When the spring approaches it is time to get out and spray, or apply garden products to your lawn and garden. We wanted to remind you that when you are using garden products to read the label. As they say ‘The label is the law’. That means that when applying a product, whether organic or chemical, you should follow all the printed instructions on the label. Those instructions are tested for safety and effectiveness. Plus, as pesticides and herbicides get older they tend to lose their effectiveness. The spring is a good time to check your garden chemicals to make sure they are not too old. It is also a good time to review their safe use. If you buy a new chemical product, use a marker to date it so you can easily see when you bought it. If you need to dispose of an old bottle, check with your local garbage hauler to learn how to dispose of it safely. Always remember to store all garden products, whether organic or chemical in a safe area away from pets and children.
Basic Garden Tools
People are always asking what types of tools do I REALLY need in the garden. Well, we have come up with the basic CCD. That means Cutting, Cultivating and Digging tools. We visited the tool wall at the local Al’s Garden Center (503-726-1162). There we found the basic tools for beginners and also tools for the advanced gardener.
Basic tools for the beginner or small garden
• Pruners – a good solid pair for cutting. We recommend the Felco pruners, because they are well made, come in different sizes for different hands, and have replaceable parts so you don’t need to replace the whole pruner.
• A hand held Garden Fork - for cultivating. We recommend getting a good SOLID, heavy duty fork. This means the tines will stand up to deep and repeated digging.
• A hand trowel – for digging. Once again a good solid, heavy duty trowel for getting big (or small) scoops of soil.
More advanced tools for larger gardens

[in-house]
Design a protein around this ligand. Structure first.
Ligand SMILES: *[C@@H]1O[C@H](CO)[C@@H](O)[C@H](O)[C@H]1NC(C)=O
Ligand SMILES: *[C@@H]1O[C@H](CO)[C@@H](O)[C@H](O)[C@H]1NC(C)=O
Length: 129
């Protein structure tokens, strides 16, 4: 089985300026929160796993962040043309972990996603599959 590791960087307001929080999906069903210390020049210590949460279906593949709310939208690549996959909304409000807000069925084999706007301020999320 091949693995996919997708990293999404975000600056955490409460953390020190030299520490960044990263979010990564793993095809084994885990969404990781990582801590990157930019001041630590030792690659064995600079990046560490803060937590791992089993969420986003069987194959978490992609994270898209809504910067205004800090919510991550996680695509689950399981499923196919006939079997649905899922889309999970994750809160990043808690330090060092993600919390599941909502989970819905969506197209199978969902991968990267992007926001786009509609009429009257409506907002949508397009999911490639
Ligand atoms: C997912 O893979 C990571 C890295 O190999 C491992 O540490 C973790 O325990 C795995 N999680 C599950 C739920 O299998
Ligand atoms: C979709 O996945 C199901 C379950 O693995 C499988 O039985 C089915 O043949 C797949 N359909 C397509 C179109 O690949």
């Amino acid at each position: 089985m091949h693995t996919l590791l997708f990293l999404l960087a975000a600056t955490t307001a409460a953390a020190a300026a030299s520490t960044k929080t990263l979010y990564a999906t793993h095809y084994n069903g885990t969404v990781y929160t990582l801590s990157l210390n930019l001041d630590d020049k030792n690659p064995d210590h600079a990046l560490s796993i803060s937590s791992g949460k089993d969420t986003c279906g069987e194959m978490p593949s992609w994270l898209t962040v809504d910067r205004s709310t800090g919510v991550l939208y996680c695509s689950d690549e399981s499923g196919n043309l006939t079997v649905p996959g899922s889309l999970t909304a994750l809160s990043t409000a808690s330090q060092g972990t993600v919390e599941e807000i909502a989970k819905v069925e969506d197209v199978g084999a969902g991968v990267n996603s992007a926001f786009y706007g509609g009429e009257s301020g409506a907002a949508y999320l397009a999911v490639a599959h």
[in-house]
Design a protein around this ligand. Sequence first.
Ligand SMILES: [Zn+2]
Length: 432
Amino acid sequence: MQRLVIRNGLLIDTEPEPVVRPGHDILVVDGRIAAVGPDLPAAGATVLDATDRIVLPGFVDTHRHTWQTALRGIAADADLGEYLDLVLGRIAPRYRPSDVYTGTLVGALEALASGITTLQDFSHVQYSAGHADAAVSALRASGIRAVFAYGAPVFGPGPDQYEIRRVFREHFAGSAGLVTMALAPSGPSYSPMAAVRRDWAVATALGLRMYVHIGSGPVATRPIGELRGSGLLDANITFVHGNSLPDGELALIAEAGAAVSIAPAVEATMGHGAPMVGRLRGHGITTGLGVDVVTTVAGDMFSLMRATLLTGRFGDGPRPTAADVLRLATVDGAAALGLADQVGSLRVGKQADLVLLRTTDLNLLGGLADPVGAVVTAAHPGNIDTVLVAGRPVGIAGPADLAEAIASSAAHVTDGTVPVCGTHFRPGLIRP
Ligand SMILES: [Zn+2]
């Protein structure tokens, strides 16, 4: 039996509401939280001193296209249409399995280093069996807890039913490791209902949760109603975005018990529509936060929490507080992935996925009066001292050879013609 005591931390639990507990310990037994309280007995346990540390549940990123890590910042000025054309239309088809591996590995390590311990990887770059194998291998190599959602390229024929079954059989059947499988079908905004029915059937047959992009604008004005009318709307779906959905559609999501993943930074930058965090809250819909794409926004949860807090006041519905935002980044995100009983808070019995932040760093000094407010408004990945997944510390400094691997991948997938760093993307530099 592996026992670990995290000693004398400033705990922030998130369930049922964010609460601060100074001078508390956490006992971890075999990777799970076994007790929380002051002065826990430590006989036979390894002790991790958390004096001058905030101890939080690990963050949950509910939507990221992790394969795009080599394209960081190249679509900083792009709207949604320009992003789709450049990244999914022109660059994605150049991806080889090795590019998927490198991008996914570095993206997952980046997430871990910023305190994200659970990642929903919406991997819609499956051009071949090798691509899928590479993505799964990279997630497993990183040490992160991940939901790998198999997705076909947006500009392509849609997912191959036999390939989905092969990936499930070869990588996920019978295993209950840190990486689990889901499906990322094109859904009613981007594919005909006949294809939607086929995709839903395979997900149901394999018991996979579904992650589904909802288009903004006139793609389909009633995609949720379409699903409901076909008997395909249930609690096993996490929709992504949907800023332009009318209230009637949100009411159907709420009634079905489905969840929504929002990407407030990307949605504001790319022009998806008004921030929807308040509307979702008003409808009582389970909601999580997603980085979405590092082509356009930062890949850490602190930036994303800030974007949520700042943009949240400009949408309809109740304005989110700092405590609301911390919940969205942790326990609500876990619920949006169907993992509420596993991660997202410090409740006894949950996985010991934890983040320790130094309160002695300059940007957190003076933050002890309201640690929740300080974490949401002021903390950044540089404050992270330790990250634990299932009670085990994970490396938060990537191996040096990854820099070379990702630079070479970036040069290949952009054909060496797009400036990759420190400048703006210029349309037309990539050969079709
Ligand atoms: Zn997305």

• For Cutting you may look at pruning saws for removing branches. Loppers, which are just larger pruners and hedge trimmers with a large cutting surface for hedges and ornamental grasses.
• For Cultivating you may want a hoe for removing weeds and creating rows for planting. A rake for breaking up the soil, leveling the soil and cleaning up debris in your beds, and a large garden fork (thicker than a pitchfork) for breaking up the soil and digging.
• And for Digging there is nothing like a good spade or shovel. There are many different types so make sure the one you get has a strong handle, the right blade for the job and is comfortable in your hands.
All these tools can be found at most of your independent garden centers. If you have questions or are looking for a specialized tool, make sure you stop by and ask the helpful staff. Remember, the right tool for the job makes that job easier!
Cane Berries and Grapes
Spring is the time for planting and that is especially true for your fruiting plants. Earlier we talked about blueberries at Portland Nursery on Stark Street (503-231-5050), this time we talked with Ken about cane berries and grapes. Planting a cane berry or grape is great for the garden and if you take care of it, you can see fruit for many years to come. Most of the cane berries are on a two year cycle. The first year they grow canes and the second year they fruit. Ken started with raspberries. These are one of the easiest berries to grow. They don’t need much training. Generally just a couple wires to keep them from falling on the ground. They grow and fruit, and then you remove those ‘spent’ canes and allow the next set of canes to grow and fruit. For a black berry you also have a two year cycle. The fruiting canes should be trained on a wire, usually horizontally. The new canes for the season you let grow along the ground (training them under your wire so they don’t trip you). Once the season is over and the fruit has been harvested from the canes on the wire, you can cut those down and compost them. Then you take the canes on the ground and train them up on the wire. Those canes will become your fruiting canes for the next year. Then you just repeat the cycle year after year.
For grapes it takes a little more work up-front. The first couple of years you are establishing the plant for future fruit. The first year plant needs to be trimmed to allow for one main leader (main vine). Let this grow. The winter of the first year you will cut that back to the top two or three, main branches. Then you let those grow for the second year. For year three you should have a plant that is now established and ready for more detailed pruning. This might require a few more tips than we can share here. You can get those pruning tips from our friends at Portland Nursery! Once you get past year three you will have everything you need to get a lot of great fruit from your grapes.
For more information on growing any type of fruit you can stop by Portland Nursery or check out their website which has very helpful worksheets on their Garden Solutions page.